Ukraine says situation in encircled city of Mariupol is 'critical'

By Natalia Zinets and Pavel Polityuk

LVIV, Ukraine, March 11 (Reuters) – Ukraine said on Friday the situation in Mariupol was now critical as Russian forces tightened their noose around the Black Sea port city and the death toll from Russian shelling and a 12-day blockade reached almost 1,600.

Russia’s defence ministry was quoted by the Tass news agency as saying Mariupol was now completely surrounded, and Ukrainian officials accused Russia of deliberately preventing civilians getting out and stopping humanitarian convoys getting in.

Russian shelling prevented evacuees from leaving the city again on Friday.Elsewhere, Russian forces also stopped some buses of people trying to flee the Kyiv region, Ukrainian Deputy Prime Minister Iryna Vereshchuk said in a editor video address.

Interior ministry adviser Vadym Denysenko expressed doubt that the latest attempt to deliver humanitarian aid to Mariupol would succeed, and a new effort to evacuate civilians appeared to have failed.

“The situation is critical,” Denysenko said.

The city council said 1,582 civilians had been killed in Mariupol since Russia invaded Ukraine on Feb.24. Russia denies targeting civilians in what it calls a “special operation” to disarm Ukraine and unseat leaders it calls neo-Nazis.

Ukrainian defenders in the city “continue to successfully dispose of all the Russian trash that came into our country” and virtually destroyed an entire Russian tactical group on Friday, the military said in a Facebook post.Reuters was unable to corroborate the claim.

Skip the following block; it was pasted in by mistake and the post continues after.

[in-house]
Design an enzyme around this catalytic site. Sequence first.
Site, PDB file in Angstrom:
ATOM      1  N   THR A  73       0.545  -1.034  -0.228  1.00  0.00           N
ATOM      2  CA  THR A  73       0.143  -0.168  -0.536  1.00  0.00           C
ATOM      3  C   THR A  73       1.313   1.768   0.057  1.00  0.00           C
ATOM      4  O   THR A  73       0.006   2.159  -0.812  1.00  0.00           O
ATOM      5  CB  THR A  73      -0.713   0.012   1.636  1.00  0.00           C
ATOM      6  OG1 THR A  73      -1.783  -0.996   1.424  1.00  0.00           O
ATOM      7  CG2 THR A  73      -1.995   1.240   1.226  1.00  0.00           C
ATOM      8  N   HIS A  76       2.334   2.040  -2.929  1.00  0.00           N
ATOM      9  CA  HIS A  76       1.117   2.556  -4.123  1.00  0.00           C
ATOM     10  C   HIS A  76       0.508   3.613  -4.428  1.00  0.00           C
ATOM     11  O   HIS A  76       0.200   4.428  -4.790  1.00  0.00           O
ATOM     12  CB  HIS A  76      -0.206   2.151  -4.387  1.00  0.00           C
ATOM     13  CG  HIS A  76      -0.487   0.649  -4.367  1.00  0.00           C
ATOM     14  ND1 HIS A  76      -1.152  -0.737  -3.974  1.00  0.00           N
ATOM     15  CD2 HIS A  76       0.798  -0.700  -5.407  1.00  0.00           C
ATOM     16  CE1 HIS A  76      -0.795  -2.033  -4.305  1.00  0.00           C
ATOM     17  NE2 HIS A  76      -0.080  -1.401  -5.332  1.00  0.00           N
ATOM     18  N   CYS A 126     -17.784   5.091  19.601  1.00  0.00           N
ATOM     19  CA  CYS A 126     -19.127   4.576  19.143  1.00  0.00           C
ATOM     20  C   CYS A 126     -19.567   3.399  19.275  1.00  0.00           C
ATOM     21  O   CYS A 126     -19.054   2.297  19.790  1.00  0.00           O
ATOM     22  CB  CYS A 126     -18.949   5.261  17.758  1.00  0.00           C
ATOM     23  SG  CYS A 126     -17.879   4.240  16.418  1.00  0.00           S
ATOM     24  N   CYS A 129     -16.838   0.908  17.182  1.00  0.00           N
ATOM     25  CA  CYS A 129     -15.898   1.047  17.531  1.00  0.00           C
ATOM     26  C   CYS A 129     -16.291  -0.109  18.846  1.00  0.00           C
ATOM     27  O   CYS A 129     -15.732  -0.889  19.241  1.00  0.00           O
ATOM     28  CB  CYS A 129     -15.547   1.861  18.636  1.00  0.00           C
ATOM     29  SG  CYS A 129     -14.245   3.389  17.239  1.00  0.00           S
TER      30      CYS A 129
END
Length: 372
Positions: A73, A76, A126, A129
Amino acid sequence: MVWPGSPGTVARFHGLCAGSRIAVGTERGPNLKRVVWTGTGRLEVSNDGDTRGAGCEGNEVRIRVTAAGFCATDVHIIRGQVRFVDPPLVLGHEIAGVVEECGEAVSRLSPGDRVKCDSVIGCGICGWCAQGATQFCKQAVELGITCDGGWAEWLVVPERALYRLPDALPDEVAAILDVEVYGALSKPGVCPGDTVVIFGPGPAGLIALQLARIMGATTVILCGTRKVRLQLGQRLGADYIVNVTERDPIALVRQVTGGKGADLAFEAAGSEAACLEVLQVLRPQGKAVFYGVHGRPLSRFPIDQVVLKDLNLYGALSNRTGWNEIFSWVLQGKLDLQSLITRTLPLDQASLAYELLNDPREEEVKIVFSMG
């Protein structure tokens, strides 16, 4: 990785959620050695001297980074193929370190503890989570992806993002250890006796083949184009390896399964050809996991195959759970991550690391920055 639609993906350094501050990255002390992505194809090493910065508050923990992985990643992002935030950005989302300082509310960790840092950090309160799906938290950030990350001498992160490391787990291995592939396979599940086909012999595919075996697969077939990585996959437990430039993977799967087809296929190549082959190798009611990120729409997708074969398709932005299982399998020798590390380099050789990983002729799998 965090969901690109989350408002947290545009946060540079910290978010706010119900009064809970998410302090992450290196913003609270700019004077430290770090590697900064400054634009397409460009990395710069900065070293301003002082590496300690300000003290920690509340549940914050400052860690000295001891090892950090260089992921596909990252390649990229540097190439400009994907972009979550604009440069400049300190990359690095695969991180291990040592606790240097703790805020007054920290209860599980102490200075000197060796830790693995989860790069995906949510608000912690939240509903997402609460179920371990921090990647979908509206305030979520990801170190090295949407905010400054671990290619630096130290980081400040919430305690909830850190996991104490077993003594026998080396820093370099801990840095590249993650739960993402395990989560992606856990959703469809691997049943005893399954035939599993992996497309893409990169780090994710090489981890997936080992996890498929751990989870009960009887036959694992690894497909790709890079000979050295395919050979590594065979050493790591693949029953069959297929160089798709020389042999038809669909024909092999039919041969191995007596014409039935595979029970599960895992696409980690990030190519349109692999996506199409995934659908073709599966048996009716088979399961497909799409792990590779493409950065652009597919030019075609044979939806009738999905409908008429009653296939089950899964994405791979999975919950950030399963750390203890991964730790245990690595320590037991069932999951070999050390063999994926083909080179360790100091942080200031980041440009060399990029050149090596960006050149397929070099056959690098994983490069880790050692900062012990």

Residents of Mariupol, a strategically important city of over 400,000 in peacetime, have been without power or water for more than a week. Attempts to arrange a local ceasefire and safe passage out have failed, with each side blaming the other.

Officials in Mariupol said Russian shelling was relentless on Friday.Tass quoted the Russian defence ministry as saying all bridges and roads into Mariupol had been destroyed or mined by Ukrainian forces.

Three people were killed in an attack that demolished a hospital in Mariupol this week, Ukrainian officials said, and supplies have been running low for days.

“The whole world must unite to save Mariupol. The city is a humanitarian catastrophe. The dead are not even being buried here,” said Maksym Zhorin, a former commander of the far-right militia known as the Azov Battalion who is in the city.

Among those trapped in Mariupol are 86 Turkish citizens, including 34 children, who are sheltering in a mosque, Ukrainian authorities said.(Additonal reporting by Max Hunder and David Ljunggren; Writing by Timothy Heritage; Editing by Rosalba O’Brien and David Gregorio)